The film highlights some of the obstacles that a modern-day slave faces.  Malia struggles with her fear and lack of understanding of the alien environment of London. In one scene she escapes from the house and rushes into the streets but she is confused about who to trust. Her ignorance and fear forces her back into captivity. Throughout the film Malia lives under the threat of violence: her current slave master threatens to have her father killed if she disobeys.

I Am Slave  shows Malia wrestling to hold onto her identity. Her days are spent as a slave: cooking, cleaning and caring for children. In one scene, she whispers into the darkness: “I am Malia Nour, daughter of Bah Al Nour, wrestler of Nuba.”

However, Malia is not the typical heroine that I expected to find in a movie about slavery.  Her years of slavery have broken her spirit. And throughout the film, I struggled to ‘like’ the character.

Malia is not sassy, cunning or bold. There is no backchat. No s*** in the pie. No muttering under her breath. No daggered looks.

Her fear of punishment has silenced her voice.

Throughout the film, she maintains a soft, childlike voice that is filled with fear. During the climax of the film when Malia is about to escape, her slave master begs her to stay. Malia’s response is not one of defiance or rebellion. Wearily, she tells her former slave master, “No more.”

Malia isn’t even angry. She is just tired.

Her character contrasts with the narratives of slavery that I have heard. As a child, I listened to stories about slave rebellions in Jamaica and Tobago. As I grew older I read about Haiti’s slave rebellion in 1791 that resulted in the island becoming the first independent black-ruled country in the Western Hemisphere. I watched Roots. And most recently I watched The Help and Black Girl about black domestic workers who worked under oppressive employers.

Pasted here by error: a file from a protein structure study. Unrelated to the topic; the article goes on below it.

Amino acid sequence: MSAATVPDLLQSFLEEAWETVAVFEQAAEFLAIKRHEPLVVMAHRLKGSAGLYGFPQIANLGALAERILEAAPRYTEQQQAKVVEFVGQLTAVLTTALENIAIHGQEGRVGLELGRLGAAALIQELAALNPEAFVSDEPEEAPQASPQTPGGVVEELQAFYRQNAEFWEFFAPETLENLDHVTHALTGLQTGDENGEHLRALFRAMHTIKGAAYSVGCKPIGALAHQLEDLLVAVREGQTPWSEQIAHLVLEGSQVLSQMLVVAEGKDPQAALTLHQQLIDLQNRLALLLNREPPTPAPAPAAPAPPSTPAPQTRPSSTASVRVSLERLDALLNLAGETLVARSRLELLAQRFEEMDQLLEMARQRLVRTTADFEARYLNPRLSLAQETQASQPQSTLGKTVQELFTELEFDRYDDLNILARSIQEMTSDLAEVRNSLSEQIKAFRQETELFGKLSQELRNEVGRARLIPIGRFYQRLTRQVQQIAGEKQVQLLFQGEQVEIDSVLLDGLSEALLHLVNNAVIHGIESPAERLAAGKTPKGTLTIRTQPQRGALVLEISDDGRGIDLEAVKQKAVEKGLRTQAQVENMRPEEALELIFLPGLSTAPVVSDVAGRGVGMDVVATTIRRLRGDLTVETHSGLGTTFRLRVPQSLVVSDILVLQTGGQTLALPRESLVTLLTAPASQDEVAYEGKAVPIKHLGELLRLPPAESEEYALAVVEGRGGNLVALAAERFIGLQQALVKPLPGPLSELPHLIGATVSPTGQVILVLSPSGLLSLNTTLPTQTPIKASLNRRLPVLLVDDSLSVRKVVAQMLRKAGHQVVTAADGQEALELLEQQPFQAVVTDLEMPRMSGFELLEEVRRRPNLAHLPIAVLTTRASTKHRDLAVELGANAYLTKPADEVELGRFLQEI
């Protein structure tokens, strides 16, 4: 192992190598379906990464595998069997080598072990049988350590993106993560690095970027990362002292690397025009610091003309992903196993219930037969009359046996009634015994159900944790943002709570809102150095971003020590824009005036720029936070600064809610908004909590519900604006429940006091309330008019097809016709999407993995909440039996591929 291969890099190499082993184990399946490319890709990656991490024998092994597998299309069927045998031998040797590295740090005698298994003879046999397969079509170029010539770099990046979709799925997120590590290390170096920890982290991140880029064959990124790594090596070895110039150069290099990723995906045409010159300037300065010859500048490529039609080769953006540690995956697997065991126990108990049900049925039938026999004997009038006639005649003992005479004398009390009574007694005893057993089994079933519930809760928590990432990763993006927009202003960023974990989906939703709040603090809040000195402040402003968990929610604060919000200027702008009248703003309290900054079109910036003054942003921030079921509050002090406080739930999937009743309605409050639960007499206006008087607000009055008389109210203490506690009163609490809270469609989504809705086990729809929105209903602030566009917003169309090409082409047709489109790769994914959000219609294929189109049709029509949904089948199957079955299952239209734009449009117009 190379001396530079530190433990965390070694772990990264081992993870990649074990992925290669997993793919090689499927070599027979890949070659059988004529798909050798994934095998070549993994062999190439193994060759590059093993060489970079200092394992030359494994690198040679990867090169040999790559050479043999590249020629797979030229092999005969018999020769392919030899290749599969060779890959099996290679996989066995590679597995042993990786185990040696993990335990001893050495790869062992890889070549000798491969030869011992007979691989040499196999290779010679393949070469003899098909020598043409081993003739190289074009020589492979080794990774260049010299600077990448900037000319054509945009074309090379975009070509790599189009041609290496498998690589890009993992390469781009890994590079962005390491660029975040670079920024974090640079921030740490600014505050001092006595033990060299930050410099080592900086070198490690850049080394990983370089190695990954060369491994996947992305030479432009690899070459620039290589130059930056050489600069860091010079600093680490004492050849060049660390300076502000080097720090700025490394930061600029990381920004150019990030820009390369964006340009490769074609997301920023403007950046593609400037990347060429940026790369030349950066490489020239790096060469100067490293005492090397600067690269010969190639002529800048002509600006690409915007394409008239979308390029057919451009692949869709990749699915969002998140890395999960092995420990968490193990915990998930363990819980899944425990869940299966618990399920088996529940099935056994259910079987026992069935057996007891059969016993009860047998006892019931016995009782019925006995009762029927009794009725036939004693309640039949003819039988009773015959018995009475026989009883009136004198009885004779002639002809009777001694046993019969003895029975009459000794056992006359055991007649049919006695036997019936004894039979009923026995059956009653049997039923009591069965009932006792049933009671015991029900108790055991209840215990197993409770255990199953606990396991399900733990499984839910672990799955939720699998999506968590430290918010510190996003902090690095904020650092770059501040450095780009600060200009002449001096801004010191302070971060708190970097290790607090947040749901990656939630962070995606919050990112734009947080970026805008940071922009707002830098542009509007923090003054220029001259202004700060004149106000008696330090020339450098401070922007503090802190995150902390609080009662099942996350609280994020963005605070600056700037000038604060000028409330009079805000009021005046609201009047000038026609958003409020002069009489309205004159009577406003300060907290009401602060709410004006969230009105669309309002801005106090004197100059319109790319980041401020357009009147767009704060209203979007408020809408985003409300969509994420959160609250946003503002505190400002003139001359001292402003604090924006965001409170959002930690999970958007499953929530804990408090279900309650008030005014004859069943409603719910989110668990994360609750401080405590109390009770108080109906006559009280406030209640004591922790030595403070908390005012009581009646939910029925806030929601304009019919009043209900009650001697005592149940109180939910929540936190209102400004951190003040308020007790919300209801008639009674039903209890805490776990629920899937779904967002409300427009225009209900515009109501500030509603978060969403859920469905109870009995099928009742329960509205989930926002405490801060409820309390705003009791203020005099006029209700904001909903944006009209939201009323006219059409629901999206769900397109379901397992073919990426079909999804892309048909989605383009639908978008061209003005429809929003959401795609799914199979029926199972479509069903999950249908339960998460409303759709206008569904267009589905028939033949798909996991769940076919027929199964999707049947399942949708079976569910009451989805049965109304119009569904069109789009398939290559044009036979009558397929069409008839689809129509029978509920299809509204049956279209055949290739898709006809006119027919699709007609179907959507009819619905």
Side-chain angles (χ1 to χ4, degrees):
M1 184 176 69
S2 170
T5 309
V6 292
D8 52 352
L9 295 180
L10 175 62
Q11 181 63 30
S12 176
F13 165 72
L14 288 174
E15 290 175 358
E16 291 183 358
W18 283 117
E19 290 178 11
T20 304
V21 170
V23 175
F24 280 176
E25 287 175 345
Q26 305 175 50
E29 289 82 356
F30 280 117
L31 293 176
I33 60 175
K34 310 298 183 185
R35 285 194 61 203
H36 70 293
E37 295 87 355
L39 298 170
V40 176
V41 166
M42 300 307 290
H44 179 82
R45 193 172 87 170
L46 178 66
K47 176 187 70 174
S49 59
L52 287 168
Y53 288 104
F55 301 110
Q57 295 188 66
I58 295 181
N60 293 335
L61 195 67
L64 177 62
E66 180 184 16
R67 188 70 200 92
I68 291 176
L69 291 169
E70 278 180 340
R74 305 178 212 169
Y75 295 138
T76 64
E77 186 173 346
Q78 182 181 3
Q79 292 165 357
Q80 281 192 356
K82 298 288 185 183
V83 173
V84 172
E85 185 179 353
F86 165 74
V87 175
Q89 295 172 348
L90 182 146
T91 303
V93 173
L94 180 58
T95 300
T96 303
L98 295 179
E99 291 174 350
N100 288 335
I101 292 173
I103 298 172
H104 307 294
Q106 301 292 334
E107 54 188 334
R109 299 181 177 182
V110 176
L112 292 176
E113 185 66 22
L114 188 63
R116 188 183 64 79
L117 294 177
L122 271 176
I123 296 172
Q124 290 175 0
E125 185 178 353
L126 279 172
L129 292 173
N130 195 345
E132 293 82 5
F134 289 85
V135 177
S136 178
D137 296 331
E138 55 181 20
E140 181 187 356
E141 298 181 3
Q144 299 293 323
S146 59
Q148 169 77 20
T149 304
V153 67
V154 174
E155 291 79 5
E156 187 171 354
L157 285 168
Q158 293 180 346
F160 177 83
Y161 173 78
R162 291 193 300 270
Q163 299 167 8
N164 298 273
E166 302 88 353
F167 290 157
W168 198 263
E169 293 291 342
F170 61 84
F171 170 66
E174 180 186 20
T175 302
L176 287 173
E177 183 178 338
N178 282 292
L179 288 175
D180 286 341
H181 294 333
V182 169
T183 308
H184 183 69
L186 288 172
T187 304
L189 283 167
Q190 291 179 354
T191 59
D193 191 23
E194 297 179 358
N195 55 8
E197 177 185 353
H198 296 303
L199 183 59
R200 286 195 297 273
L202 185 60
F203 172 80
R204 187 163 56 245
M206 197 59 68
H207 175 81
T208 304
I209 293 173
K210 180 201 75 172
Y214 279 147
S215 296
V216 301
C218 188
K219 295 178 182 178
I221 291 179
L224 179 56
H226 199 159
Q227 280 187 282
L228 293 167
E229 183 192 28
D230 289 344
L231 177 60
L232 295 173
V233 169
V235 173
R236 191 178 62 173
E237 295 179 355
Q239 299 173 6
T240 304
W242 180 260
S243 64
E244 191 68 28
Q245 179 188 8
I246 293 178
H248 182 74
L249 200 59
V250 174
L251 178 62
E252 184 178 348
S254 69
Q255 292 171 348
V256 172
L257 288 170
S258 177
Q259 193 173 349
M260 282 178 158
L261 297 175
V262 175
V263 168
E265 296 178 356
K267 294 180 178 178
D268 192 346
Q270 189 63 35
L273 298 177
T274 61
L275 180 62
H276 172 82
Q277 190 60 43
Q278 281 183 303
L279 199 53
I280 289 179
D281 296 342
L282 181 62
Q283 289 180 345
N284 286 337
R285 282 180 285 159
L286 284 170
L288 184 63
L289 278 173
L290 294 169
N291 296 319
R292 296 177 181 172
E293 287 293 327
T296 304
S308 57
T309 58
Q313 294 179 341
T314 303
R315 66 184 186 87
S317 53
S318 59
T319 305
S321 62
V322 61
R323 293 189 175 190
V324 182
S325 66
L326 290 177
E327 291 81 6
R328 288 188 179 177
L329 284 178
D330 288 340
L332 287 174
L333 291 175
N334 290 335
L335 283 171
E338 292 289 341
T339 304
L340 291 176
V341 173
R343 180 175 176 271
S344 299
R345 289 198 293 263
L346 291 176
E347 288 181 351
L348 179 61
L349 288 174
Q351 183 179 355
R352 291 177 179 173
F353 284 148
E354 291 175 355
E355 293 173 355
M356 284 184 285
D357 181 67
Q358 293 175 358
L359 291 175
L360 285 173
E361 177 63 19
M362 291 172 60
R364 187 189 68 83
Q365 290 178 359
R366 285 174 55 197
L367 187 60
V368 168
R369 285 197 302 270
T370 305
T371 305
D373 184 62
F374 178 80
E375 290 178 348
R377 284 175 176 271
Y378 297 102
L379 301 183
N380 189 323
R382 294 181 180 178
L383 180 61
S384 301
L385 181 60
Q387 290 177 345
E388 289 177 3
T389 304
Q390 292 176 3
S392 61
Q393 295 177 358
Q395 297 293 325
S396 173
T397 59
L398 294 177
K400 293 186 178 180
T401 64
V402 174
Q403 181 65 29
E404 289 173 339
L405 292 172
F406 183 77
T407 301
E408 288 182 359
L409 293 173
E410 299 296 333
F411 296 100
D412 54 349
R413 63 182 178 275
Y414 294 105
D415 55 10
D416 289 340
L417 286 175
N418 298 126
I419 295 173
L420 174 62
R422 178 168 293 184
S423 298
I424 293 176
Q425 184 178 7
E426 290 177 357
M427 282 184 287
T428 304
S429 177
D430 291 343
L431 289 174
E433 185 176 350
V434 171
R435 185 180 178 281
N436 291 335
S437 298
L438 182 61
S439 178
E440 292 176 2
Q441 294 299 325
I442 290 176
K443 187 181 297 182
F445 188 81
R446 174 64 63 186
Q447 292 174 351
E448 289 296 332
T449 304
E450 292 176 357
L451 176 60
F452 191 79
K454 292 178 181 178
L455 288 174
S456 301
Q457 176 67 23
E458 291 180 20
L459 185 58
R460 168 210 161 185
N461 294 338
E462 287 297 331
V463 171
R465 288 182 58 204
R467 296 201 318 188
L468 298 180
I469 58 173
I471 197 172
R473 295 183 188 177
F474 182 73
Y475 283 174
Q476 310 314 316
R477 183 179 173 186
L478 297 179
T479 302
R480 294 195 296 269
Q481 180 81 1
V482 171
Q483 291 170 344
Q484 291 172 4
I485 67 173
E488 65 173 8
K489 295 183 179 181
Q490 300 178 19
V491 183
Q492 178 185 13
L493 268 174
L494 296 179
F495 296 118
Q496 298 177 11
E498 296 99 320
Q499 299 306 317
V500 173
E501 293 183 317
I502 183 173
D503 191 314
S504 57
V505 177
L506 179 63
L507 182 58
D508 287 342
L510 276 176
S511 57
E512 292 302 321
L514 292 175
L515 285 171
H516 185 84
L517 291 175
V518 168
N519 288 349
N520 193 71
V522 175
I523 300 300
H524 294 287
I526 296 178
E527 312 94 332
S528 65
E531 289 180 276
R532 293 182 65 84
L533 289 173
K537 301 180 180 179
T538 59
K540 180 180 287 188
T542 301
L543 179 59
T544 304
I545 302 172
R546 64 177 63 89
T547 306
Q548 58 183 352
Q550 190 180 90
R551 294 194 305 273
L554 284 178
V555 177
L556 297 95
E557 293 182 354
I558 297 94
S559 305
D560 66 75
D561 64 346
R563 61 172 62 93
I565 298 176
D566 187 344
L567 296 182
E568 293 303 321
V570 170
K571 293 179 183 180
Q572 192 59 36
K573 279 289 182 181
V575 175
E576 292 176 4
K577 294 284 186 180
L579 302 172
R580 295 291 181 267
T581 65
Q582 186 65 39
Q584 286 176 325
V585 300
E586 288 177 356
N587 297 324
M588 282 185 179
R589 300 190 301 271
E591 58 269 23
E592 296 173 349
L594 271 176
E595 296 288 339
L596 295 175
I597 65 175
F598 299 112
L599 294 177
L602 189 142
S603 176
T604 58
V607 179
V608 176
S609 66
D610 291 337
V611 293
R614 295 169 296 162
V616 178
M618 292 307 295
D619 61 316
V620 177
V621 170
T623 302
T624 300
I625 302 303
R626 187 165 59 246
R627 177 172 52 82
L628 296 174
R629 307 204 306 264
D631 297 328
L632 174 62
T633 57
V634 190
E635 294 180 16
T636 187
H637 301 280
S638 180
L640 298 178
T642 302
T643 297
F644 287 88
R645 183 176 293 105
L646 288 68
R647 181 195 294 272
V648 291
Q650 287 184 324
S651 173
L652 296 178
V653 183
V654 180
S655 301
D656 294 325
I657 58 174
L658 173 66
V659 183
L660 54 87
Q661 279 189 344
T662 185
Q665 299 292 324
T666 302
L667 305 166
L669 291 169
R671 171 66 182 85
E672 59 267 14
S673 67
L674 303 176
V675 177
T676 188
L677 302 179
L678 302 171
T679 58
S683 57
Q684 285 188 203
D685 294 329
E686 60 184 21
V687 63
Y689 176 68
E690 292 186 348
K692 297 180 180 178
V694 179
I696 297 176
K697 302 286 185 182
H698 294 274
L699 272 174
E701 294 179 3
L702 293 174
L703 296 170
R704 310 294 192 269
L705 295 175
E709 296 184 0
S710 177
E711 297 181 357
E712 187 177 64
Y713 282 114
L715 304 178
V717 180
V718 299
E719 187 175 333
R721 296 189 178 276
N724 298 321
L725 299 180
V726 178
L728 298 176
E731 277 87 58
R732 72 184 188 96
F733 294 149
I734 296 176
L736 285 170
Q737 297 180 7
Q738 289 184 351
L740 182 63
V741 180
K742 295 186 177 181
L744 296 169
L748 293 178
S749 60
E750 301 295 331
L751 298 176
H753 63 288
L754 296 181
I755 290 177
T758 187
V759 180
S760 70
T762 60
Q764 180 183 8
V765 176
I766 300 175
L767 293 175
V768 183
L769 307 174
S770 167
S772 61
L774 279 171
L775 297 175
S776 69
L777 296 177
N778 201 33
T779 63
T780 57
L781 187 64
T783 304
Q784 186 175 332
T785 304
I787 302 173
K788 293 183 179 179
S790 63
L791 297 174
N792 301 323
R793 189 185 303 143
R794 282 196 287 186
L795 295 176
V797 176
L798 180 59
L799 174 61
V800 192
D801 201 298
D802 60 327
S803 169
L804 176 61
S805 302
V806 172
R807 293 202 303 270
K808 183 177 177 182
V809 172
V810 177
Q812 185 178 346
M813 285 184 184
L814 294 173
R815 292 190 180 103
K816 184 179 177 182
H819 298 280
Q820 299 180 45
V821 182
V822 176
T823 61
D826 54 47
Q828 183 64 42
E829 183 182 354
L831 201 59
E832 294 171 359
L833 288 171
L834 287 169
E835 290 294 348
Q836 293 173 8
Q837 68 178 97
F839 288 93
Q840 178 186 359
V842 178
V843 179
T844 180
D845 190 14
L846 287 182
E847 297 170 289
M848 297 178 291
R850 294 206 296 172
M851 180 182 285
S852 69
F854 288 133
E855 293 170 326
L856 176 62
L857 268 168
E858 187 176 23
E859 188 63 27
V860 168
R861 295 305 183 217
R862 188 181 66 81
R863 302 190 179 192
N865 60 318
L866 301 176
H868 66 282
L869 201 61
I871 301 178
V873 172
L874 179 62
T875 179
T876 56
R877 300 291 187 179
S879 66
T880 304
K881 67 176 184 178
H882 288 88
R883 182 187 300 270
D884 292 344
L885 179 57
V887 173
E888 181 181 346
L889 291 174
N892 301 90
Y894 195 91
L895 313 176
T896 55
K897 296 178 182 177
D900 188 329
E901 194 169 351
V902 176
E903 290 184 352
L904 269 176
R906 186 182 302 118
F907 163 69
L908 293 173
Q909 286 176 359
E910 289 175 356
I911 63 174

My view of a slave has been colored by these stories. And I wanted the defiant heroine with flashing eyes and a strong sense of identity. Who wouldn’t be so stupid to escape from captivity and then get into the car of the family’s chauffeur and return to her prison.

The film directly challenged my perspective of what a slave is supposed to be like. And perhaps this view of a slave as P. Djeli Clark’s brilliant blog post argues is “tied more to modern political ideologies of black self-reliance, in which black dignity is found in those who achieve on their own merits, despite what obstacles are placed in their way.”

And eventually Malia does achieve her freedom but without all the bravado.

Despite my dislike of Malia’s docility, I believe the actor Wunmi Mosaku captures the fear, vulnerability and

Wunmi Mosaku

Wunmi Mosaku

desperation that Malia experiences. Her expressive doe-like eyes and beautiful dark skin are captivating. She is supported by an excellent cast: Yigal Naor who played the family chauffeur, Hiam Abbass as her cruel slave master and Issac de Bankole as her father.

I Am Slave is a must-see film demonstrating how easily modern-day slavery can disguise itself in the Western world and one woman’s fight for her freedom.